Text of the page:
There comes a time once each year where a series of foliage wires need to be “lifted” to achieve vertical shoot positioning.
It’s back breaking work and not for the unfit, working in the sun and lifting heavy vigorous tangled canes laden with fruit. Not only do the wires need to be lifted, but the tangled canes need to be separated from each other in order to allow the bunches to be appropriately exposed to the sun and breezes of the Piccadilly Valley.
It can take an entire morning, or longer, to complete just one row of vines.
The process is important however as by lifting the wires you ensure vertical shoot growth. The vertical positioning is critical in establishing good canopy to protect the developing fruit, even more so once veraison takes hold (the stage in the annual growth cycle of the grapevine where the grapes soften and begin to develop sugar).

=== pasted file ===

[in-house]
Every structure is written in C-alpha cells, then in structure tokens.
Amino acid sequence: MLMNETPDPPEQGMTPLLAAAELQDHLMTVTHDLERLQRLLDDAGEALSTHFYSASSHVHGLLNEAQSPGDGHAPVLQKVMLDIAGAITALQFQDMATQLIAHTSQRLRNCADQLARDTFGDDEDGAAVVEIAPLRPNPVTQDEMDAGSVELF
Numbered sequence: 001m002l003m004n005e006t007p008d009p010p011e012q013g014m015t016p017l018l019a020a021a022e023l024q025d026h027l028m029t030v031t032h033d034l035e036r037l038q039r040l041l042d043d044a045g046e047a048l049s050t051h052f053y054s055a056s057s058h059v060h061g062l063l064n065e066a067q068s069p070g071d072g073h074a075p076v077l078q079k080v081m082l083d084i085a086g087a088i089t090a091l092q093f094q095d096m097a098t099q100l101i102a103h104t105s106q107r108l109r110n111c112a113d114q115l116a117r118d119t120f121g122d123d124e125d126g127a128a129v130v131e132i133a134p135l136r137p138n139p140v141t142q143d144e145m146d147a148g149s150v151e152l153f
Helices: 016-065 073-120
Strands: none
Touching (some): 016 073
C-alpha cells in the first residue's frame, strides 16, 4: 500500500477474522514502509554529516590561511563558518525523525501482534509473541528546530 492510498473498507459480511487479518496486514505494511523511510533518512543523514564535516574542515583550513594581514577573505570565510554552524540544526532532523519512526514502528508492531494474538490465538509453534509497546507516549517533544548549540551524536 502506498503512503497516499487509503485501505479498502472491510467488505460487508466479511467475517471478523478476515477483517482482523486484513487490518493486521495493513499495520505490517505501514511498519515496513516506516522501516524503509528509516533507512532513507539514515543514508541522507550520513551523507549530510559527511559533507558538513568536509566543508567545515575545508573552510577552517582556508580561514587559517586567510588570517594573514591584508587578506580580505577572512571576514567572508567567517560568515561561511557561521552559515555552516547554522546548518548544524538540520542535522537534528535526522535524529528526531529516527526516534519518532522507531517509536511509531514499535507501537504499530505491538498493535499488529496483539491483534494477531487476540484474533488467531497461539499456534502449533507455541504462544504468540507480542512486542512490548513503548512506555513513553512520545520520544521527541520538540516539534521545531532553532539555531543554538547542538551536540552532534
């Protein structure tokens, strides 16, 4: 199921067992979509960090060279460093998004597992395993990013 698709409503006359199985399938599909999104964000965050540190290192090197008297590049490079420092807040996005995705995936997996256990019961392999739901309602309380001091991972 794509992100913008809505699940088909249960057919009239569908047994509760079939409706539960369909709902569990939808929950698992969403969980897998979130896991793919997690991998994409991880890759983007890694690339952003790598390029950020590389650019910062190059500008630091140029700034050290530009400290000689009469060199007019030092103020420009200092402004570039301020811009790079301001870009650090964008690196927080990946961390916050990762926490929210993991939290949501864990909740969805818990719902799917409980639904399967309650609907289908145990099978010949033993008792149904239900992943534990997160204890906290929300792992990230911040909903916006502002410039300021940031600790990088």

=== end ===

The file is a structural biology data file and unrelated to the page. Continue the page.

But it’s not all bad. The long hours and strenuous work provide me with the opportunity to really get a feel for what the vintage will be like. This year is looking good with excellent healthy growth and no signs of disease.
In conducting this essential exercise, I can only hope for overcast days and gentle breezes to accompany me as I work my way along the undulating hills and rolling vines. Unfortunately, it doesn’t always work that way – the exercise always seems to be due at the hottest time of the year.
Enough chatting, I’ve had my iced cordial and I still have three rows to finish before day’s end and then onto the next block.